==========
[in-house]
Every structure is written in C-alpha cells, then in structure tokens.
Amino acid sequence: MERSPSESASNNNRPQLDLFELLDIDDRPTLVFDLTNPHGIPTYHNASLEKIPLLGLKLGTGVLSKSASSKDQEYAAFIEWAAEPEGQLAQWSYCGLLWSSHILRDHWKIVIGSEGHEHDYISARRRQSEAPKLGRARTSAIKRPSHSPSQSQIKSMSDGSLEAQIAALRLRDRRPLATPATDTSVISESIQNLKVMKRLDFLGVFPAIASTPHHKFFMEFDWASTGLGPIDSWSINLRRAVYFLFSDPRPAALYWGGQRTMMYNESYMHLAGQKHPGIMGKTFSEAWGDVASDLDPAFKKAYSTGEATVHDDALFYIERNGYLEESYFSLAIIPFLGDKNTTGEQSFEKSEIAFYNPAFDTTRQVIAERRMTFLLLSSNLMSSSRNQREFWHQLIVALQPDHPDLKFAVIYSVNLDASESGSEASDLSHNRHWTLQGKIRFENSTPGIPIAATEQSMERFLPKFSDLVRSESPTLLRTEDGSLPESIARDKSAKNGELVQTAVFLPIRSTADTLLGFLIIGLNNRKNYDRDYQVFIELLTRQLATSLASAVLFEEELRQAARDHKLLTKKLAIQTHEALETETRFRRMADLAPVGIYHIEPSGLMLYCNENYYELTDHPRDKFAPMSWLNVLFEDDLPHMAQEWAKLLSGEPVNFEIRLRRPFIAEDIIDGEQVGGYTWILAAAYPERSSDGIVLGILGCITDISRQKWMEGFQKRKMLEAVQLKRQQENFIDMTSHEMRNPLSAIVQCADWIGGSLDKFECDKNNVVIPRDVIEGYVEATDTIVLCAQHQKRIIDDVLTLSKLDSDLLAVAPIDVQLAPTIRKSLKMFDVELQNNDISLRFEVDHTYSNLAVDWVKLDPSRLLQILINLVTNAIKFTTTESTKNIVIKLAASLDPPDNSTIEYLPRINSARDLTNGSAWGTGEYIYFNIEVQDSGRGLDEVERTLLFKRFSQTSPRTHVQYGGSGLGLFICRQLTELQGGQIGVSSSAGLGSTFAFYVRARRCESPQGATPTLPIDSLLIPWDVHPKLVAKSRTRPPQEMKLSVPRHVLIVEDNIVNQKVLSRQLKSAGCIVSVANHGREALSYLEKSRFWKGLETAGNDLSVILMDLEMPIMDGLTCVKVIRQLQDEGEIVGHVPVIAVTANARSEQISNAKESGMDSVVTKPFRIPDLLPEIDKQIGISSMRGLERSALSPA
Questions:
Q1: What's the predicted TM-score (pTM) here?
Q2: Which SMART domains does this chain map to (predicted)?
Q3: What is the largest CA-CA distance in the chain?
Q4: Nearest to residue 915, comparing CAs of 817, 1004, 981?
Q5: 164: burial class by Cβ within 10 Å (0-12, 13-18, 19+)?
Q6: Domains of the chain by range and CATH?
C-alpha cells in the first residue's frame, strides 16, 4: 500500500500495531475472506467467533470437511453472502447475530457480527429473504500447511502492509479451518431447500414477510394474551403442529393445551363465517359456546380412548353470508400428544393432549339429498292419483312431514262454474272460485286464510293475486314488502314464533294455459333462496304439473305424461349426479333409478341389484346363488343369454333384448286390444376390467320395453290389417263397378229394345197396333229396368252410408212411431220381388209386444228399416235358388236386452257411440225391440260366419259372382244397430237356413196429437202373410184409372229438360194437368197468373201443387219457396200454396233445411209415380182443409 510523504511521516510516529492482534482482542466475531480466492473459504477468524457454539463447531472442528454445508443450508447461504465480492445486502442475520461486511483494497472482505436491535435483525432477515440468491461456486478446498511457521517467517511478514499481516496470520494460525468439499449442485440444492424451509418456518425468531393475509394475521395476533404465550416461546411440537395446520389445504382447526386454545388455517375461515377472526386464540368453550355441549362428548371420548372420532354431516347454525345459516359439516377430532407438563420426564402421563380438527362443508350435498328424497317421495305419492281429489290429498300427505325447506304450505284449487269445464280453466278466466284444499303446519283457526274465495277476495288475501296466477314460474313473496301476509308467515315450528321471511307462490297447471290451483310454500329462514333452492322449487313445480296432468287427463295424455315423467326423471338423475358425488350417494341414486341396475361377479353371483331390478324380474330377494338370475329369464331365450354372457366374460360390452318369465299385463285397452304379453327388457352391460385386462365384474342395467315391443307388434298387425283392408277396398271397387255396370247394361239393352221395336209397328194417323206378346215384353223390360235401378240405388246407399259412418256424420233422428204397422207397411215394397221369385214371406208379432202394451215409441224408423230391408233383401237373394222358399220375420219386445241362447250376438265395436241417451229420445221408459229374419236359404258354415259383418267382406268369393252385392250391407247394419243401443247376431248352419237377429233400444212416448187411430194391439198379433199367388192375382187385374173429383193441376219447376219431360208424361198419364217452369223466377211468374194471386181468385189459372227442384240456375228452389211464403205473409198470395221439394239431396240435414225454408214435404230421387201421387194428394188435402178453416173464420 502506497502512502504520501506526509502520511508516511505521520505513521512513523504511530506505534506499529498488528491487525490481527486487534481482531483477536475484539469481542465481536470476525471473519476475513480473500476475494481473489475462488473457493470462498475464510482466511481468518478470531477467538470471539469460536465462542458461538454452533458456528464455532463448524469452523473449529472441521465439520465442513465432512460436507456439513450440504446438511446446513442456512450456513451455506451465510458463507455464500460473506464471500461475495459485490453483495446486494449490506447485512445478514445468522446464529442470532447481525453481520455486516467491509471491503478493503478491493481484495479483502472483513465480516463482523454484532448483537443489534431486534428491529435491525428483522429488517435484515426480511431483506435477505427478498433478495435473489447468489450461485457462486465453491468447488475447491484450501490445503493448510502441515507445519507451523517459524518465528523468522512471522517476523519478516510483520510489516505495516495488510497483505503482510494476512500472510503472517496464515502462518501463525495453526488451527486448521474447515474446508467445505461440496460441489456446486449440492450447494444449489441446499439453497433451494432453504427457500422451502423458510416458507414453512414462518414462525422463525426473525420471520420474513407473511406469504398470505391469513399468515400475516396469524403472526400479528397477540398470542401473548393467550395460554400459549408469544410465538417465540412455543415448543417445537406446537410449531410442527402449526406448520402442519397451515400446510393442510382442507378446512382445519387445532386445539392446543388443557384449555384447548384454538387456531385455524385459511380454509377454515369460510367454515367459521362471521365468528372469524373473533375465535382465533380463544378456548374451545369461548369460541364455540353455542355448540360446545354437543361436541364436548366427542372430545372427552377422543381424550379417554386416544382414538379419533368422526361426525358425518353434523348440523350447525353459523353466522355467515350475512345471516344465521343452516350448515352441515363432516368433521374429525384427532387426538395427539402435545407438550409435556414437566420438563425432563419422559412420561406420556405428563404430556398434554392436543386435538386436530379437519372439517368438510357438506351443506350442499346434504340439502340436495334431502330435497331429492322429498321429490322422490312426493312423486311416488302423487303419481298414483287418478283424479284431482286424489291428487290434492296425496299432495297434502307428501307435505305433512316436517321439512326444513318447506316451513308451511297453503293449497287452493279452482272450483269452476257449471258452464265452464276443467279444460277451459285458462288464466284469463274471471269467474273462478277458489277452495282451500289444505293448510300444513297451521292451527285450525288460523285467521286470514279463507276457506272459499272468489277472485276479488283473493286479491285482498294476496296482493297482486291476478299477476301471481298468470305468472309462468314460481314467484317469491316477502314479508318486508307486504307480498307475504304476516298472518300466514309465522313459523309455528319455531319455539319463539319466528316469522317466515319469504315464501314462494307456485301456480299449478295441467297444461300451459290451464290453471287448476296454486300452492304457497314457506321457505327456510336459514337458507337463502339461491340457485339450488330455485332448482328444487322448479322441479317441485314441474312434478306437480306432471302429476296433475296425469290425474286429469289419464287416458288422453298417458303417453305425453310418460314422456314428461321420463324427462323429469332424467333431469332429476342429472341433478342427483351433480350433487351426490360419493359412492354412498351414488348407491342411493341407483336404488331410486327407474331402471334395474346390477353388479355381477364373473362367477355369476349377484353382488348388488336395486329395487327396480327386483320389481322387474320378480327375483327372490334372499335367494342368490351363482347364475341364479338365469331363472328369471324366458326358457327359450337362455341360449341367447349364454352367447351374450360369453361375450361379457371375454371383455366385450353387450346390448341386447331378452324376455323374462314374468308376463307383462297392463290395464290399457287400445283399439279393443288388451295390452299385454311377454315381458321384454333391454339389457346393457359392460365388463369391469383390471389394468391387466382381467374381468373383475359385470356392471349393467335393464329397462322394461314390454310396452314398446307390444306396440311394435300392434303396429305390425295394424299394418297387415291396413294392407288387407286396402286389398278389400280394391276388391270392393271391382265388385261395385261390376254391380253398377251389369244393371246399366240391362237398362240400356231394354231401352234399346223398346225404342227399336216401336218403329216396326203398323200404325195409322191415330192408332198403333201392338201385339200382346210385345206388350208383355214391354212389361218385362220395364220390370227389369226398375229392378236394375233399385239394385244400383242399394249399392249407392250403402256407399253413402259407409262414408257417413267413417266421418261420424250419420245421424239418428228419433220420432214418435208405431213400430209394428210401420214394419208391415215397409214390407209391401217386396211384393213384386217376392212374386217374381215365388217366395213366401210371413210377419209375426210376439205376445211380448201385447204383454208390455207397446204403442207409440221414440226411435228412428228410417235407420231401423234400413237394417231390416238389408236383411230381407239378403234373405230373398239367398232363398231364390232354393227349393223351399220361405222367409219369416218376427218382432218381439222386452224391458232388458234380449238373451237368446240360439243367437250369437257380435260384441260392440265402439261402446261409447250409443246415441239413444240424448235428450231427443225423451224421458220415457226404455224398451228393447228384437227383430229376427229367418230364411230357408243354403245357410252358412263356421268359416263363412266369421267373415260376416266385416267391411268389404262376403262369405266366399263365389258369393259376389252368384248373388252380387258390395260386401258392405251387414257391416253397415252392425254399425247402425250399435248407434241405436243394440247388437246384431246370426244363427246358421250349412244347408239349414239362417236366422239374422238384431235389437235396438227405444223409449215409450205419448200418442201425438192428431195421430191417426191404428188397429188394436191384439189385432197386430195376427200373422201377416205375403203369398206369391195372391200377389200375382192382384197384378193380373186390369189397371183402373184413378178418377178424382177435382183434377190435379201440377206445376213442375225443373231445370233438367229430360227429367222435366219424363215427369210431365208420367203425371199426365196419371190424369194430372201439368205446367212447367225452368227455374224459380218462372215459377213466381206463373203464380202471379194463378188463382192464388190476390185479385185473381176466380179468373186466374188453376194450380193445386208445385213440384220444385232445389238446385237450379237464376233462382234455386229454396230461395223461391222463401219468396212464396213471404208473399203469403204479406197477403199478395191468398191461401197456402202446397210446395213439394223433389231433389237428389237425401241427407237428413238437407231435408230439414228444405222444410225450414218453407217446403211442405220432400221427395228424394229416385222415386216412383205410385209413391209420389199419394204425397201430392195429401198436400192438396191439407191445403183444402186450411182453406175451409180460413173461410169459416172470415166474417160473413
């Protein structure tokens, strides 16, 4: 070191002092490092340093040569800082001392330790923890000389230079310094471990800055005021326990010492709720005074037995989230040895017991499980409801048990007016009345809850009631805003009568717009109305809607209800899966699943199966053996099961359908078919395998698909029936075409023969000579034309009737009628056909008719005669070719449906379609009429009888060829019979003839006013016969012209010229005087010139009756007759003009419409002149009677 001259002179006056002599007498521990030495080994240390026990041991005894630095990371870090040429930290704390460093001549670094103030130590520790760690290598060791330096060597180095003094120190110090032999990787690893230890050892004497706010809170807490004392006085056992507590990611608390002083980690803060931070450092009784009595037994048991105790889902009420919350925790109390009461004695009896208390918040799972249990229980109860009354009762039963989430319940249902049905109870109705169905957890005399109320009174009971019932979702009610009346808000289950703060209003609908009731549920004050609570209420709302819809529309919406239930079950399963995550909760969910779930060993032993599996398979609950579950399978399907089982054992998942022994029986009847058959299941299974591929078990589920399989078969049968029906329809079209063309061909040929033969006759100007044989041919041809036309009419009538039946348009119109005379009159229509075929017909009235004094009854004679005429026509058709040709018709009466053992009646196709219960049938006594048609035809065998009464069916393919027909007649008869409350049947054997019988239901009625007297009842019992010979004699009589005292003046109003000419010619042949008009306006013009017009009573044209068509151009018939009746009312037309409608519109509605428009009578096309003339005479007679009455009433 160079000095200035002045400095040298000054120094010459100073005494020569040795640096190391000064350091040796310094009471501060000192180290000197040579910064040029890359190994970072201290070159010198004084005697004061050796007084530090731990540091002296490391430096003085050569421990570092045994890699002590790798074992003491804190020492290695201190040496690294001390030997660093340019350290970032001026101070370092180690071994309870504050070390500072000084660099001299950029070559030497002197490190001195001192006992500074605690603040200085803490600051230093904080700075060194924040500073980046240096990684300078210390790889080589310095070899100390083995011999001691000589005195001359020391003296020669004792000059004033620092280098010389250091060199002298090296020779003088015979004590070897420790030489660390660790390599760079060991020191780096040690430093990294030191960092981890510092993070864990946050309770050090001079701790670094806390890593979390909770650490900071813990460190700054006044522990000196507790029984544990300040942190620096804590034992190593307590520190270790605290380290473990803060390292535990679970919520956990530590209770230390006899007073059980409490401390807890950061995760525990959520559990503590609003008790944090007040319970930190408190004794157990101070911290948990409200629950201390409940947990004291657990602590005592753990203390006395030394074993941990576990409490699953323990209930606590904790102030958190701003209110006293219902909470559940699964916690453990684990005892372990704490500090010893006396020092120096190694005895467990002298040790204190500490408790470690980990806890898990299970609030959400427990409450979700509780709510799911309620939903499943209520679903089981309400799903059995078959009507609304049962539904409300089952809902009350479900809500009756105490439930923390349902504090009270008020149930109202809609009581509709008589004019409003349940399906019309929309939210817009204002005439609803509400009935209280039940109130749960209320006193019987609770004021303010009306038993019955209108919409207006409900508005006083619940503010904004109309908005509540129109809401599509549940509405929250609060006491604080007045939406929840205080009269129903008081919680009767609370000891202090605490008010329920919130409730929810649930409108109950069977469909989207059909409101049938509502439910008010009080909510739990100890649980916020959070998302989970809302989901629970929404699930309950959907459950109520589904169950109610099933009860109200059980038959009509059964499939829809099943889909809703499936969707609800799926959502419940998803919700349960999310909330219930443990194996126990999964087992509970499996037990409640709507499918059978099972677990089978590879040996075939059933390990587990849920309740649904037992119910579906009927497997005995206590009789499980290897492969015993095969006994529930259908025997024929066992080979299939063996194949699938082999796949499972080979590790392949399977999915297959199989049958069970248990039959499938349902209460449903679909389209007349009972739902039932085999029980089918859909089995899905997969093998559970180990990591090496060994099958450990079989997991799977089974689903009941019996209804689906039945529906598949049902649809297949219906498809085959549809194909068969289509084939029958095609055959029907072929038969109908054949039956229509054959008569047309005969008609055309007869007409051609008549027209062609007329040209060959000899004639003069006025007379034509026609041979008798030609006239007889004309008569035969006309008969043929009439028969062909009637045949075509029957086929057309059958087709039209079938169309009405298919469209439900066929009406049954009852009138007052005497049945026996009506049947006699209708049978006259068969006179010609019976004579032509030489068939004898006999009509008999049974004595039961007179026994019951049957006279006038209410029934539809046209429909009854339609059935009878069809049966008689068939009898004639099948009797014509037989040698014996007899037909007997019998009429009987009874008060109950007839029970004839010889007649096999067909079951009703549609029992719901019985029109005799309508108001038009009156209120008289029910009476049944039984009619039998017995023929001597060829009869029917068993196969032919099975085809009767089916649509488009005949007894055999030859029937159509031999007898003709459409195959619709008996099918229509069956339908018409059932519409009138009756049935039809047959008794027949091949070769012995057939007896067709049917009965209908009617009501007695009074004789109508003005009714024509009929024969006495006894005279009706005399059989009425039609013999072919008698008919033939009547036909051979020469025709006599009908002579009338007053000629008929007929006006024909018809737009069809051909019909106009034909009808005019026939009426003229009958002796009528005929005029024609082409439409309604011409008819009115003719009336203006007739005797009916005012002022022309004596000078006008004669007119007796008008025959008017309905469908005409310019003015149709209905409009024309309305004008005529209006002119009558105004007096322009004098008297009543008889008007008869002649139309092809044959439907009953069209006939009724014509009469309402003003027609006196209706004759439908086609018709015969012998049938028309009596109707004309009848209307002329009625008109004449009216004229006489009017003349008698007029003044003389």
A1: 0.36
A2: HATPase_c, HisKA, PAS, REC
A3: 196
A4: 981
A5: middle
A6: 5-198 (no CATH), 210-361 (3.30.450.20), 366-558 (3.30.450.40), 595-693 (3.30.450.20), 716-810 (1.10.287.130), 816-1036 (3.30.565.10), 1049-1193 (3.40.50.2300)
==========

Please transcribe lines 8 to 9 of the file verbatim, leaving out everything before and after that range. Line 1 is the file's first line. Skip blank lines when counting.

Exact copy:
Q4: Nearest to residue 915, comparing CAs of 817, 1004, 981?
Q5: 164: burial class by Cβ within 10 Å (0-12, 13-18, 19+)?